Volleyball team has strong opening with first-year coach
In just a mere three weeks, Dartmouth’s women’s volleyball team (6-4) has already accumulated half as many wins as it did last season (12-11). The Big Green closed out five of their six wins thus far in straight sets, already beating their 2015 record of sweeping only two games. With such a promising start and 15 matches left in this season, the team is currently on par with a promising trajectory. The question thus remains: why is the women’s volleyball season finding success so early on in this season compared to last year’s?
In 2015, the Big Green fell two points short from tying for the Ivy League championship. Once again, obtaining the title remains a realistic goal for the team. This year, the new recruits are not the only new change introduced to the team. Following the departure of Erin Lindsey, the team also has a new coaching staff, including head coach Gilad Doron and assistant coaches Eyal Zimet and Tara Hittle.
“People [on the team] are taking this change as a refresh on volleyball,” co-captain Emily Astarita ’17 said. “Fresh and new things are always exciting.”
And the differences between Doron’s and Lindsey’s coaching style are already starting to emerge.
“[This year] is a little less analytical and little more like learning the game for ourselves and sort of teaching through understanding the game,” Astarita said. “Instead of just saying, ‘You need to be in this position at this moment,’ it’s more like, ‘Just think about where you should be and what makes sense in certain plays.’”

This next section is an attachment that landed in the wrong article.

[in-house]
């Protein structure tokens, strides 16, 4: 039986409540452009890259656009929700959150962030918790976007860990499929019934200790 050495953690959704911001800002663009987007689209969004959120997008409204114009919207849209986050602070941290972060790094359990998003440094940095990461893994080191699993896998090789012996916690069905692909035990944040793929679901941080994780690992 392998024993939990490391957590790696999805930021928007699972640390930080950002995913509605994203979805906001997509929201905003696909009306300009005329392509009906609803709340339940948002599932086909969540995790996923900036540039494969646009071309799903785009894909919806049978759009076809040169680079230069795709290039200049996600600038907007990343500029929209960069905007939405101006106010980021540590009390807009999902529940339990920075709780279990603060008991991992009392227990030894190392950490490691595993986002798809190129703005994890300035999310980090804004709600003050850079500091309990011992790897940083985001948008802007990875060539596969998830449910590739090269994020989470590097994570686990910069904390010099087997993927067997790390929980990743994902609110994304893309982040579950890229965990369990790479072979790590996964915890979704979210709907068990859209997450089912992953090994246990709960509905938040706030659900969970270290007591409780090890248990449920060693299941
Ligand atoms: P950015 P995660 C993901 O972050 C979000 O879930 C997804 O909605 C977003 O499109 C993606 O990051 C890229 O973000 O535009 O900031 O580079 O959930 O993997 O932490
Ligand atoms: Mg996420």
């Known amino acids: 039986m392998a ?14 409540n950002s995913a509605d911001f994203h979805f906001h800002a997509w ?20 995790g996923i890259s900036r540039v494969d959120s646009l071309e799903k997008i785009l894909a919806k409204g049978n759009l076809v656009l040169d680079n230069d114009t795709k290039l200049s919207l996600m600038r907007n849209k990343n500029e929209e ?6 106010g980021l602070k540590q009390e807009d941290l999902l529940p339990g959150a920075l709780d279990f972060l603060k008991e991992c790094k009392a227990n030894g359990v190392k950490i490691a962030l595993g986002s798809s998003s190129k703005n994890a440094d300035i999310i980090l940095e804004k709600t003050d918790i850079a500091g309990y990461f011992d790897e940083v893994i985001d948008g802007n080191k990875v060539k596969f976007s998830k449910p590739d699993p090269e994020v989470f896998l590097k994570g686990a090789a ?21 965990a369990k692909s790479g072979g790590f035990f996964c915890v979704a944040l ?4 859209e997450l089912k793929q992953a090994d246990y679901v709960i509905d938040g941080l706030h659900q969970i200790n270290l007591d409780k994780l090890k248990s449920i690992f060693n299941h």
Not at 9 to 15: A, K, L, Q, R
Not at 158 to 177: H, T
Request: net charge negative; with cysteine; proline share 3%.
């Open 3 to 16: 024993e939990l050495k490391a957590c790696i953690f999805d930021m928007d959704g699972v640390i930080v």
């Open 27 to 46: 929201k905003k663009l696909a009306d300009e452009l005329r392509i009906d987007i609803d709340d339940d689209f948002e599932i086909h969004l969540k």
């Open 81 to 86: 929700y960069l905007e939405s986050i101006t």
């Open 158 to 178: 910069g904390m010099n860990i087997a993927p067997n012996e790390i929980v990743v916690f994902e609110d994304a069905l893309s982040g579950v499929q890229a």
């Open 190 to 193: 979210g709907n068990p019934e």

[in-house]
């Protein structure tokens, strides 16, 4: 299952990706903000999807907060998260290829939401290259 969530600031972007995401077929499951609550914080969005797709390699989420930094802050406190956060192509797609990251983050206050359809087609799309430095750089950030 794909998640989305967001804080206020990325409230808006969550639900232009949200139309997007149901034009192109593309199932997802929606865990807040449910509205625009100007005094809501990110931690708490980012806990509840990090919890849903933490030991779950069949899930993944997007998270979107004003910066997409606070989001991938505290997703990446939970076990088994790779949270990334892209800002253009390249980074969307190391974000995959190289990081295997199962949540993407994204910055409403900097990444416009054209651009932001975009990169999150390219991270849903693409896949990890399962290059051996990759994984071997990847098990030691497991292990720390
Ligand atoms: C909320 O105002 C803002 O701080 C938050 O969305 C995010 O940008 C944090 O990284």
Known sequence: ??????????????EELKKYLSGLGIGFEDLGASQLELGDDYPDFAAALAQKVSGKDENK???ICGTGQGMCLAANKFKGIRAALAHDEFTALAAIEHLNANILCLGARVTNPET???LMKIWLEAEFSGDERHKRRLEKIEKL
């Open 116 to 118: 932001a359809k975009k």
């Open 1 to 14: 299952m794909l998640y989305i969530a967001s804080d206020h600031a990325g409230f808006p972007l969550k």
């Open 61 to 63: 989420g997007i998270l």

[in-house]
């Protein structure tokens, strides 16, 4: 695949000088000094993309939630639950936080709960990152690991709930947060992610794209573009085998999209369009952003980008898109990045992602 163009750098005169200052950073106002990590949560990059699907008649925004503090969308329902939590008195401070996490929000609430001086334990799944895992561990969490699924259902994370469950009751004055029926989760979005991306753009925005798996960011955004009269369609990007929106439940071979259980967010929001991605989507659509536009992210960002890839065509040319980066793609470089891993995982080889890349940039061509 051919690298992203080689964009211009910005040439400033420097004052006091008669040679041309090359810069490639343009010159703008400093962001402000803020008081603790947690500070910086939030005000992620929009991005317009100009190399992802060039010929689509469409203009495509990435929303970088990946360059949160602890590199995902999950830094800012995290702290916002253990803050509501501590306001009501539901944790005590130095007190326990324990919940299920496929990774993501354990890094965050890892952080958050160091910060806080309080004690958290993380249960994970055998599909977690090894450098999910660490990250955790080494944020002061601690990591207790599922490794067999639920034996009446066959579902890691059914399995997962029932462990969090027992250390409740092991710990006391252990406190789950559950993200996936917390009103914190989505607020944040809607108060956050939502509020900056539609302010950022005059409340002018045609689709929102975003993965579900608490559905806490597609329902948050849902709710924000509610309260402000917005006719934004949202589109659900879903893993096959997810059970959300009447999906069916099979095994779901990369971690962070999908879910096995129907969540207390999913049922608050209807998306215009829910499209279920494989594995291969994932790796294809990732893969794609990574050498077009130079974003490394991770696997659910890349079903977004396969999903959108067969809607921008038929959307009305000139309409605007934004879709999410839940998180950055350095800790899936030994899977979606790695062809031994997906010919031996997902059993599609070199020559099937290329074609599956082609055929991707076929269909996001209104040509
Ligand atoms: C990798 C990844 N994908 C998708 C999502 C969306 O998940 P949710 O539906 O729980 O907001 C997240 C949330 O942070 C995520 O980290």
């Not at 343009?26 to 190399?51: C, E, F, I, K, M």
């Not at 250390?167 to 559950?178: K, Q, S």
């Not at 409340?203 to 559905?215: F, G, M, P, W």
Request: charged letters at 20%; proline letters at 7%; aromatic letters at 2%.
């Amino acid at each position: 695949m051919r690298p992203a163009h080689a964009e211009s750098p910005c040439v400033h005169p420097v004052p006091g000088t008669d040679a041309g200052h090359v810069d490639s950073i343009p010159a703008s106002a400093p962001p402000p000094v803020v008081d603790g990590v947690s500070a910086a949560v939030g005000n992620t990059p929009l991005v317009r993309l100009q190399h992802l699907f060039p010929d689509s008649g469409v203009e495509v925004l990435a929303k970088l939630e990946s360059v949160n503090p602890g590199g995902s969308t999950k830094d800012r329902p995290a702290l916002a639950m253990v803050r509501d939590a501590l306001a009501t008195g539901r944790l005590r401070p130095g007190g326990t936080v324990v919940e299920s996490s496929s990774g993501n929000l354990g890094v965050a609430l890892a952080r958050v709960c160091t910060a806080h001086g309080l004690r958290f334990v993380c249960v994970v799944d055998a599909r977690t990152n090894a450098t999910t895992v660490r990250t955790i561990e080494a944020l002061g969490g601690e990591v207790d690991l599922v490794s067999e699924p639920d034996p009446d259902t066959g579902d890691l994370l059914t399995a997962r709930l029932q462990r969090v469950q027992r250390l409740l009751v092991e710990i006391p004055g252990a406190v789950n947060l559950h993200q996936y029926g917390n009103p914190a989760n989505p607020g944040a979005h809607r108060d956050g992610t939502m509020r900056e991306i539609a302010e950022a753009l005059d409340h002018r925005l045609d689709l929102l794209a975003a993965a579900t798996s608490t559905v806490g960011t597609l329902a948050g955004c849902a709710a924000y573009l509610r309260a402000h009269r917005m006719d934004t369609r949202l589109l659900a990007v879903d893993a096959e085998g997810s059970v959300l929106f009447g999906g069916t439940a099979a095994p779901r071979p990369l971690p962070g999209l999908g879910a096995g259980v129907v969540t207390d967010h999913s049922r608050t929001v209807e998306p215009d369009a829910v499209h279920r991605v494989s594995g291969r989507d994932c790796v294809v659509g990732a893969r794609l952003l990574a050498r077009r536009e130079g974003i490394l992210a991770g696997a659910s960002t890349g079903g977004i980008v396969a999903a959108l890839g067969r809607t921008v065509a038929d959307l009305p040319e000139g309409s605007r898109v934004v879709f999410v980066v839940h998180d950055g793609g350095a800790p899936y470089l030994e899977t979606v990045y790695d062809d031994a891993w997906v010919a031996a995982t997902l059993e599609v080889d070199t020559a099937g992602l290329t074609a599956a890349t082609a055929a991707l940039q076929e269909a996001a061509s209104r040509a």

Doron’s valued qualities can be simplified to four Rs: respectful, responsible, resourceful and resilient. The athletes should be respectful toward each other, the community, the teachers and the staff, he said. They should be responsible for their health and academics as well as resourceful and get help as needed to balance academic and athletic priorities. Lastly, they must be resilient when dealing with shortcomings and grow from these experiences.
“We try to preach every day small little things of what it takes to be a successful person. Period,” Doron said. “And along the way, a successful volleyball player at Dartmouth.”
Doron’s vision for the team culture is starting to resonate with the players, with Astarita crediting the coaching staff with creating a positive vibe.
So far, the team has the wins to back up the new approach’s efficacy. But being able to respond to losses is equally important. On Sept. 9, the Big Green suffered a decisive 3-0 loss against the United States Military Academy at Leede Arena in its first match of the Dartmouth Invitational. But rather than allow the loss influence its performance in the rest of the match-ups, the women’s volleyball team regrouped and defeated Central Connecticut State University, 3-2, and Niagara University and the University of Hartford in straight sets.
Co-captain Kaira Lujan ’16 said the women’s ability to overcome defeat stemmed from being able to show composure in tight situations.
“You’re not going into any match with the feeling like, ‘This is a match we can win’ or, ‘This is a match we’re going to lose,’” Lujan said.
Doron’s goals and aspirations are shaking up Dartmouth’s culture with athletics as a whole.
Lujan said Doron has been pushing to increase the amount of enthusiasm among fans at games.
“He’s all about getting people to games and making it a fun place to be,” Lujan said. “I don’t think there has been as much focus on cultivating that before.”
Up next, the Big Green will open conference play with a match against Harvard University, the 2015 Ivy League Champions, at Leede Arena on Friday. The game will start at 7 p.m.